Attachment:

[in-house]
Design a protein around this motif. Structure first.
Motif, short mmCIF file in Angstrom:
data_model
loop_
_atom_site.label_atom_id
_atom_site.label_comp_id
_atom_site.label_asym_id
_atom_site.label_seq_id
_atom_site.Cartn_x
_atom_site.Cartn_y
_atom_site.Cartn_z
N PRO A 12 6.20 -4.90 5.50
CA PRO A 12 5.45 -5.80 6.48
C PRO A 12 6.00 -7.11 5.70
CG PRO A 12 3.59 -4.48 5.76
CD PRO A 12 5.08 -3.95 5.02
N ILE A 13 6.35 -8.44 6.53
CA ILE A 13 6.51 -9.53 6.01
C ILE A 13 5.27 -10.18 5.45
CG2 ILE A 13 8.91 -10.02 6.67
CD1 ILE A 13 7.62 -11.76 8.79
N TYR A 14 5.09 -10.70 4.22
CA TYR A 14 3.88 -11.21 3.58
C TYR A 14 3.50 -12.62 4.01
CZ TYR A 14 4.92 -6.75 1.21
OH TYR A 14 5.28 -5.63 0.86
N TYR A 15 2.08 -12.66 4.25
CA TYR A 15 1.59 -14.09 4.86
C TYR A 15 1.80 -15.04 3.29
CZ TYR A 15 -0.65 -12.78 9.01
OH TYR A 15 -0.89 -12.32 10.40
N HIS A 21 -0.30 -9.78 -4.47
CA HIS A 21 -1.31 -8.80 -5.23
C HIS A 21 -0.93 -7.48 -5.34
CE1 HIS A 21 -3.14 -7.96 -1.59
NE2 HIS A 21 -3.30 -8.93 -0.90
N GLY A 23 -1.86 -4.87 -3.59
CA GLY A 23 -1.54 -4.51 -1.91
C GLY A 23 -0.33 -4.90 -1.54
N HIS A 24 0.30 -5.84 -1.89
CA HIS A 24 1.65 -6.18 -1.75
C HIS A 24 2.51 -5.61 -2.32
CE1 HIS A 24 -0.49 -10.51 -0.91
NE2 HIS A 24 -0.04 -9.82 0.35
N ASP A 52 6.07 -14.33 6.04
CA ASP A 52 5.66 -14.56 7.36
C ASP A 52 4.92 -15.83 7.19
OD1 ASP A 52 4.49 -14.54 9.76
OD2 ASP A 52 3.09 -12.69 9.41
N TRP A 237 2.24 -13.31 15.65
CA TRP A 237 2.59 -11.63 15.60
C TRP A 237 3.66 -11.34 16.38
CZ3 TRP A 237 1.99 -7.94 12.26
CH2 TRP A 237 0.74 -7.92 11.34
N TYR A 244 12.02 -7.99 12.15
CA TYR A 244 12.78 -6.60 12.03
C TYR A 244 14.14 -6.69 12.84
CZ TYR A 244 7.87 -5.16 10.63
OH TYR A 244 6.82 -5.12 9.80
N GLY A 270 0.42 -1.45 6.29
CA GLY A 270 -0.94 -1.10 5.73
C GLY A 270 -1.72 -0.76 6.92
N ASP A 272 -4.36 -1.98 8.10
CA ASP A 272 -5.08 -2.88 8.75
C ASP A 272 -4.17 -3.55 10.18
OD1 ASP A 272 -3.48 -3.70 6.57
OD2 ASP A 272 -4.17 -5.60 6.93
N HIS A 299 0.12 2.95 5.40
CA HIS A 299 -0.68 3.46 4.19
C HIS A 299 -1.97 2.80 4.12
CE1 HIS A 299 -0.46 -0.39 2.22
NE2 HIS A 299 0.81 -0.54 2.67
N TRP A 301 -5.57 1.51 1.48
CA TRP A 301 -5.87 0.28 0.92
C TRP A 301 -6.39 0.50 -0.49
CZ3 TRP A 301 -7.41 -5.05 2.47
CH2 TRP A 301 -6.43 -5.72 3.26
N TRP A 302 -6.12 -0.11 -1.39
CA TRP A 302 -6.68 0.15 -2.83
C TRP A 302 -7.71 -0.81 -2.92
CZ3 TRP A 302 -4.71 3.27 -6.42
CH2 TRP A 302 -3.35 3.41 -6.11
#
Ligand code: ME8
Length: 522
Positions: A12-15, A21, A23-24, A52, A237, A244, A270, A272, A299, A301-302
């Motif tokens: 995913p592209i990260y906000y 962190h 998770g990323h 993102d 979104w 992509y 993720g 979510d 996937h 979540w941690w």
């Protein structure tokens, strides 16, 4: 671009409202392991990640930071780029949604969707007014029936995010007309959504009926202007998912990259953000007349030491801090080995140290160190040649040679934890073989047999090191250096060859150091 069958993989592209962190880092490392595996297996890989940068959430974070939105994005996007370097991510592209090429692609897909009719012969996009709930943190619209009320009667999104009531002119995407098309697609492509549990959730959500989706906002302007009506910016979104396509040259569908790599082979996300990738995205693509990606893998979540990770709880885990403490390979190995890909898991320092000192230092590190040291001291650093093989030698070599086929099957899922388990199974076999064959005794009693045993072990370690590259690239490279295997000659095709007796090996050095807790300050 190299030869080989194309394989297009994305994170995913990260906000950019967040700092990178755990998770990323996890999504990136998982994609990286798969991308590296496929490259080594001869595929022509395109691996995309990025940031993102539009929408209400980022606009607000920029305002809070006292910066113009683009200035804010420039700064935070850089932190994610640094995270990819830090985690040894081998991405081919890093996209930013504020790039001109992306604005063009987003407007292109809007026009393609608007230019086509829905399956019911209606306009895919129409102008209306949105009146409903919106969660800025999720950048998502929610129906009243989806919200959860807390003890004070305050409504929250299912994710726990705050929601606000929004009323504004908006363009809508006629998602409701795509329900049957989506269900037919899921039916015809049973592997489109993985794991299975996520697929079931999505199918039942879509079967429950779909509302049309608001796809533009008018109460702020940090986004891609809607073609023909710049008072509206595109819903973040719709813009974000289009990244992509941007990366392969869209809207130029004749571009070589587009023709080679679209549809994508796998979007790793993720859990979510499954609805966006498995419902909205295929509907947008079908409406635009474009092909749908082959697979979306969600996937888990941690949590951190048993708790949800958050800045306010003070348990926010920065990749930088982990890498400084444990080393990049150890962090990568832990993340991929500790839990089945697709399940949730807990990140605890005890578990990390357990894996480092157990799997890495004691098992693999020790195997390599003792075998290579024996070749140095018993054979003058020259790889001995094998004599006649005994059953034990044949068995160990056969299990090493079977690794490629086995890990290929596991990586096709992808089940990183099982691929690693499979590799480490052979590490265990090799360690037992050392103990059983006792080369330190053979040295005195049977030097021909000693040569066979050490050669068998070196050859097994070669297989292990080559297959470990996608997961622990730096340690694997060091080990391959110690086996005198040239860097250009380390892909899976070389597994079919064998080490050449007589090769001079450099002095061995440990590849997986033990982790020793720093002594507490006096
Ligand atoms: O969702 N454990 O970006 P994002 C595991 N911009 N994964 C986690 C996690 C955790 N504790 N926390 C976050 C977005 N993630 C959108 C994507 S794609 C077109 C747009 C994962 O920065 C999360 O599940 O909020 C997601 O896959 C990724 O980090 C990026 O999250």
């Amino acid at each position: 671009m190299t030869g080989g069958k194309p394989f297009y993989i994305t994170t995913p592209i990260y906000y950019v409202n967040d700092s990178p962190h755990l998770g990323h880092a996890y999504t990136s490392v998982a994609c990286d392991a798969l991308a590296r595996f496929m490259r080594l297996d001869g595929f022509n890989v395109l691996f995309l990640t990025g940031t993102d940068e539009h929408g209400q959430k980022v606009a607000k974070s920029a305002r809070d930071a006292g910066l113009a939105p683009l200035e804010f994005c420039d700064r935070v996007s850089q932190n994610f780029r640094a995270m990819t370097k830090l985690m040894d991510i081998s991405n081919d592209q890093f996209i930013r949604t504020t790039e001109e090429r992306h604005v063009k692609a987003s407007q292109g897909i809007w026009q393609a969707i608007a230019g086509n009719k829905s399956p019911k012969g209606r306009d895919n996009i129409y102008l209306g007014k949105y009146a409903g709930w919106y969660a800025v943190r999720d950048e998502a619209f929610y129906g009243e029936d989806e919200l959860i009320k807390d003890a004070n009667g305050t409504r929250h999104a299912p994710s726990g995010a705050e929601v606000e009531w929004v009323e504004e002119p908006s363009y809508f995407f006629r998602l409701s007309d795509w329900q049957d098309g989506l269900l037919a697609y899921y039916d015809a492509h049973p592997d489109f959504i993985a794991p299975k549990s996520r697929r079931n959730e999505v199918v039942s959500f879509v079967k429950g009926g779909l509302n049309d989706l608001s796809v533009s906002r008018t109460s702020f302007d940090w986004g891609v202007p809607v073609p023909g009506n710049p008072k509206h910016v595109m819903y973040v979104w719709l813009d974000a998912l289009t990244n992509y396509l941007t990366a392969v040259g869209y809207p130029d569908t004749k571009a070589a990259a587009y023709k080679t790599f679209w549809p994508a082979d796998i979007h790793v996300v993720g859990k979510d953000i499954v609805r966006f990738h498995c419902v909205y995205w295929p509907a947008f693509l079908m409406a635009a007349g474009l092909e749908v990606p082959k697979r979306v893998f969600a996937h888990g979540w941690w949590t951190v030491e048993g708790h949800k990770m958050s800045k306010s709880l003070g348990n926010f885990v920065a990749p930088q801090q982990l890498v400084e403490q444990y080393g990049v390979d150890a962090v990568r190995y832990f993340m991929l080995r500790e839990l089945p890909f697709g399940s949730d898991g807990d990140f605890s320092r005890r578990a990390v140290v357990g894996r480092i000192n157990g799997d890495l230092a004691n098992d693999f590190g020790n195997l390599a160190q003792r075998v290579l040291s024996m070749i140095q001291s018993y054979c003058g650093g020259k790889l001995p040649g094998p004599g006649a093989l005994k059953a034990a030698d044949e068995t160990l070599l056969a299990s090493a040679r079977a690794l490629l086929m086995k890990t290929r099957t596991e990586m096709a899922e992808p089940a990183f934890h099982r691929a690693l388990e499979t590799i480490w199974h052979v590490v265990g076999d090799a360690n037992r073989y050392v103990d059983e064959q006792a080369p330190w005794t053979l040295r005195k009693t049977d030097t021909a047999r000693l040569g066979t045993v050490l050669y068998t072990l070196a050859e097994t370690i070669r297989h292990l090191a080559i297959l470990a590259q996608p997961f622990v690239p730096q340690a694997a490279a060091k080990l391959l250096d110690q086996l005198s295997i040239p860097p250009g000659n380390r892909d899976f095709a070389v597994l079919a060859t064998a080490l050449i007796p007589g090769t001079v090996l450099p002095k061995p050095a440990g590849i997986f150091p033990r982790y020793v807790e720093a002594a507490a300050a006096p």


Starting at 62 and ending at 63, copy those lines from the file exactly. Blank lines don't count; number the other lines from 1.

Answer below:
CA GLY A 270 -0.94 -1.10 5.73
C GLY A 270 -1.72 -0.76 6.92